Monday miscellany

The IPKat is known for his commitment to openness and clarity in legislation and public-sector policy-making, among other things, which is why he has maintained a suspicion of the manner in which the Anti Counterfeiting Trade Agreement (ACTA) and the European unified patent court have been handled.  In the case of ACTA it was a matter of not enough information, since the project was both conceived and matured behind locked doors; in the case of the unified patent court it was a matter of being flooded by too much, sometimes almost indistinguishable information in too short a time. This is a subject to which the IPKat proposes to return.  Meanwhile, in his quest for information, he has recently discovered the joys of Cryptome, described on Wikipedia as welcoming
"documents for publication that are prohibited by governments worldwide, in particular material on freedom of expression, privacy, cryptology, dual-use technologies, national security, intelligence, and secret governance—open, secret and classified documents—but not limited to those".
It's not just military stuff that gets the hush-hush treatment. Here's an entry dated 19 April 2012 relating to "Secrecy for Economically Significant Patents". The document emanates from the United States Patent and Trademark Office and is titled "Notice of Request for Comments on the Feasibility of Placing Economically Significant Patents Under a Secrecy Order and the Need to Review Criteria Used in Determining Secrecy Orders Related to National Security". It's just twelve sides long and you can read it in full here. The IPKat is particularly fascinated by the bit that goes like this:
"The Subcommittee has raised the concern of a potential risk of loss of competitive advantage during the period of time between publication and patent grant. Taking into account the current procedures through which an applicant may elect to defer publication of a patent application until patent issuance or expedite its prosecution, this Notice seeks to obtain feedback on whether the United States Government should institute a new regulatory scheme, modeled from that applied to national security concerns. This new procedure would institute a secrecy order that forbids applicants from disclosing subject matter deemed to be detrimental to national economic security for such period as the national interest requires".
Merpel is a bit puzzled about all this. Isn't the whole point of patenting to do with disclosing inventions? Comments, anyone?

Around the weblogs.  When is patent litigation over? In Germany the question is a live one -- and if you can't tell your Überwachungsvorrichtung from your Crimpwerkzeug you might be in trouble, as Michael Thesen explains on PatLit here. This week's Afro-IP visit of Africa's official intellectual property websites -- the 45th in Kingsley Egbuonu's series -- finally gets to South Africa, a jurisdiction where much is made of online IP information and services. Writing for IP Tango, Rodrigo Ramirez Herrero reviews the support received from the US for IP training programmes Brazil, Chile, Colombia and Mexico. Exciting news from IP Draughts' Mark Anderson is that plans for a postgraduate course on IP transactions are edging closer to reality.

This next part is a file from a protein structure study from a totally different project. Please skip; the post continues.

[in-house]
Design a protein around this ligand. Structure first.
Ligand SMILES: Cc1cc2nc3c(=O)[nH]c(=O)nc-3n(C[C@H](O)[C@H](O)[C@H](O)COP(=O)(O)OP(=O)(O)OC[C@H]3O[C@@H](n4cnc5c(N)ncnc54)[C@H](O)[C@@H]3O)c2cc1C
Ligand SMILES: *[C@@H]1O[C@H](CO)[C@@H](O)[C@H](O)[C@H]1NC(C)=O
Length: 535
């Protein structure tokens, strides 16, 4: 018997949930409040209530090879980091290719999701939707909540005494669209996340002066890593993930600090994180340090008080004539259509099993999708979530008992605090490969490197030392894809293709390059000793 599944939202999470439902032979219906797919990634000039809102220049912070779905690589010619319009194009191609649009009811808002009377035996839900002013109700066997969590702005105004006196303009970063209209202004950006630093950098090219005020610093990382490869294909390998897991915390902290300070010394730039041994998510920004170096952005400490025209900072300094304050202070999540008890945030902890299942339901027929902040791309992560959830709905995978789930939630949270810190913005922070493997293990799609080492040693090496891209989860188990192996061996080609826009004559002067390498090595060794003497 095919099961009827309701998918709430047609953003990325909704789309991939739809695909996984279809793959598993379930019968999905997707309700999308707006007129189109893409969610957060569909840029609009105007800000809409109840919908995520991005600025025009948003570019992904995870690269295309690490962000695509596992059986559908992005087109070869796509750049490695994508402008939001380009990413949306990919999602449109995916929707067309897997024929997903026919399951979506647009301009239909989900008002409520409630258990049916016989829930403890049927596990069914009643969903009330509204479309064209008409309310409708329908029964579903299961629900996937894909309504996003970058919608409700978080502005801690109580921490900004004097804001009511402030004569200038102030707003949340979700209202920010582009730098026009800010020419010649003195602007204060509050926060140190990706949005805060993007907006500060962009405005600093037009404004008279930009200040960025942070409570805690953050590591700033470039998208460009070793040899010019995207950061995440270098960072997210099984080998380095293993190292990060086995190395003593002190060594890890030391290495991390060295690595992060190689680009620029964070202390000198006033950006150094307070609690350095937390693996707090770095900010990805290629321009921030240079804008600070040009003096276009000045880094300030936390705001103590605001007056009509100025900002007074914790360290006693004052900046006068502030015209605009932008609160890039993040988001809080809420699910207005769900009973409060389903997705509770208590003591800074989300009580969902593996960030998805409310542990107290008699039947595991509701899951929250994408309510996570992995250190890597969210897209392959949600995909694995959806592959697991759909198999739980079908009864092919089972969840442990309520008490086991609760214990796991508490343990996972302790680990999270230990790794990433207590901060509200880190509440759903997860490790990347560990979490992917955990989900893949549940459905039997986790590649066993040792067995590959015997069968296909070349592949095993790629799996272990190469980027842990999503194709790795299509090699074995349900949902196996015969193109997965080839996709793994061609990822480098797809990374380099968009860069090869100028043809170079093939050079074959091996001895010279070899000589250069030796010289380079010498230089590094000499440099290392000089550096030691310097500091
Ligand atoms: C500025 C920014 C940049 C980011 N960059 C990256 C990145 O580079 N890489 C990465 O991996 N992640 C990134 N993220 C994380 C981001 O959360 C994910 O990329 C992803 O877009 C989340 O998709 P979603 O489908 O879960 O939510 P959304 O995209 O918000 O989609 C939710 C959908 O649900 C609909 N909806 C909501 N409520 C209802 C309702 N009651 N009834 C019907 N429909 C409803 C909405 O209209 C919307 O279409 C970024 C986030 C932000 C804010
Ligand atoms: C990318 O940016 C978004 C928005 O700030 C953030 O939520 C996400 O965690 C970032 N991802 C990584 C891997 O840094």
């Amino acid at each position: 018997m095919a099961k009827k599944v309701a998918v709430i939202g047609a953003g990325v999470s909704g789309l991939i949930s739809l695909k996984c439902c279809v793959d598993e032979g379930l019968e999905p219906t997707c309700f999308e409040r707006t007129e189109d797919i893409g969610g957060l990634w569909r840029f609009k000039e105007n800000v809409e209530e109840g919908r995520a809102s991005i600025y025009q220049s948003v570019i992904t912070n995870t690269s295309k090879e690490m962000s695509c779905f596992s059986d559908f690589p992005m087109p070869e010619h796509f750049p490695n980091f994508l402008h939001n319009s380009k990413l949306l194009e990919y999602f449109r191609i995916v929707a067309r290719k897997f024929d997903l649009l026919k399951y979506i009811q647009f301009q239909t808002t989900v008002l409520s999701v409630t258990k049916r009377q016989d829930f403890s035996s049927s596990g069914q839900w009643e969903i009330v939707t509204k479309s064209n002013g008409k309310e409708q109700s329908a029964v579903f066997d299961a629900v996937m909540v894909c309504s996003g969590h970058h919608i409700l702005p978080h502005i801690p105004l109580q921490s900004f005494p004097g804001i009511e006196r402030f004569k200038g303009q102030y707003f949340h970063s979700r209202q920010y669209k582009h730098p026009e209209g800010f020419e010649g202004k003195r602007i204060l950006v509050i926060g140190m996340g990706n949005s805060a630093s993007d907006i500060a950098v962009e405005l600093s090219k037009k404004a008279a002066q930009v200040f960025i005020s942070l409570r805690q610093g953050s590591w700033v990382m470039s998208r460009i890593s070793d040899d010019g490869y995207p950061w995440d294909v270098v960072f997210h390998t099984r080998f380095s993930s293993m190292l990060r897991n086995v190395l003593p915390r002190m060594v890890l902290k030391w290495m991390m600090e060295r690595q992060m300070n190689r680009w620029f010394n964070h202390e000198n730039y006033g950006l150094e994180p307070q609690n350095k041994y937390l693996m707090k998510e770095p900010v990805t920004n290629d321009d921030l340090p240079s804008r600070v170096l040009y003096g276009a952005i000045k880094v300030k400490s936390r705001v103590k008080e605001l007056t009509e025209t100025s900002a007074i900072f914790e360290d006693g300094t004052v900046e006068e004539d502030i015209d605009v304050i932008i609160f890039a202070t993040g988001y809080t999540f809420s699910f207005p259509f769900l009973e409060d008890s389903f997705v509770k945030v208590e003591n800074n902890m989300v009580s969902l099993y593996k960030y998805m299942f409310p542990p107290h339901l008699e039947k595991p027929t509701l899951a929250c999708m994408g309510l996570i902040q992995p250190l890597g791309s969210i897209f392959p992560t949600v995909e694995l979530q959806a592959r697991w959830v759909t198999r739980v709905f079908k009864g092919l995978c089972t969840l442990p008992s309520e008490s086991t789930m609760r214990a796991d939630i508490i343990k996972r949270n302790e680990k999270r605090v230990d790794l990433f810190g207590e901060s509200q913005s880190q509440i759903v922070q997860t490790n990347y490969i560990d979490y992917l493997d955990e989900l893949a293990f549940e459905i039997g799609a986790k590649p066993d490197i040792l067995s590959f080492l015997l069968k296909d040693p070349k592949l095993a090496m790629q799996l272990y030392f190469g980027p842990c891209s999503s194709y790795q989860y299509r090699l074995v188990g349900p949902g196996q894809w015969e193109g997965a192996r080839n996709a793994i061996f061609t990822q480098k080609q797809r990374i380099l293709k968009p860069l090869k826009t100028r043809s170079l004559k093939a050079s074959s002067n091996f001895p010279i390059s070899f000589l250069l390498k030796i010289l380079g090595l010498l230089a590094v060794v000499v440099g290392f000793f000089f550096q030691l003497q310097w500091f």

Made in Greece
Greece updates its trade mark law. Nearly two weeks ago, the new Greek trade mark law was enacted. This law brings Greece in line with Directive 2004/48 (the IP enforcement directive) and seeks to bring the country's law into the 21st century. Among other things, the law provides for (i) e-filing, online document access and full computerisation, once the appropriate infrastructure has been set up; (ii) direct filing by the applicant, so long as a local agent (who need not be an attorney) is designated to accept service of documents; (iii) speedy registration, with examinations being done by examiners and not, as before, the Trademarks Administrative Committee; (iv) letters of consent to the registration and use of later trade marks can now be submitted ahead of grant without the need for a special hearing; (v) the mere transit of counterfeit goods through the Greek territory to any other country becomes an infringement, as does the importation into Greece of counterfeit goods with the purpose of re-exporting them (these are also criminal offences); (vi) relief for interim infringement has been enhanced and -- though this may not fit snugly into the EU's ideal regime of a single market in which all goods are treated equally on the basis of their quality, availability and price -- (vii) a new “Made in Greece” certification mark, is to be introduced, the so-called TRADE MARK FOR GREEK PRODUCTS AND SERVICES, is to be introduced once the criteria are established for granting it on the basis of the place of production, origin of the main ingredients and production cost (katpat to Manos Markakis, Dontas Law Offices, for this information).  The IPKat reminds readers that they can sample Greek trade mark law first-hand if they register for the MARQUES Conference, 18 to 21 September, which happily is taking place this year in Athens. Details, once available, can be accessed here.

Stung by a recent comment on this weblog about the lack of user-friendliness of publisher Sweet & Maxwell's website-- which was compared with that of Wolters Kluwer -- one of the IPKat's treasured contacts there has swiftly and positively sent him through some good news. Of the current site she says: "we are in the process of completely rebuilding it. I believe that the new site will be ready for launch later on this year. I know it is quite slow and frustrating but we are trying to improve it based on customer feedback".
Monday miscellany Monday miscellany Reviewed by Jeremy on Monday, April 23, 2012 Rating: 5

1 comment:

  1. I thought disclosure was the justification for patenting, which isn't quite the same thing as the point of it.


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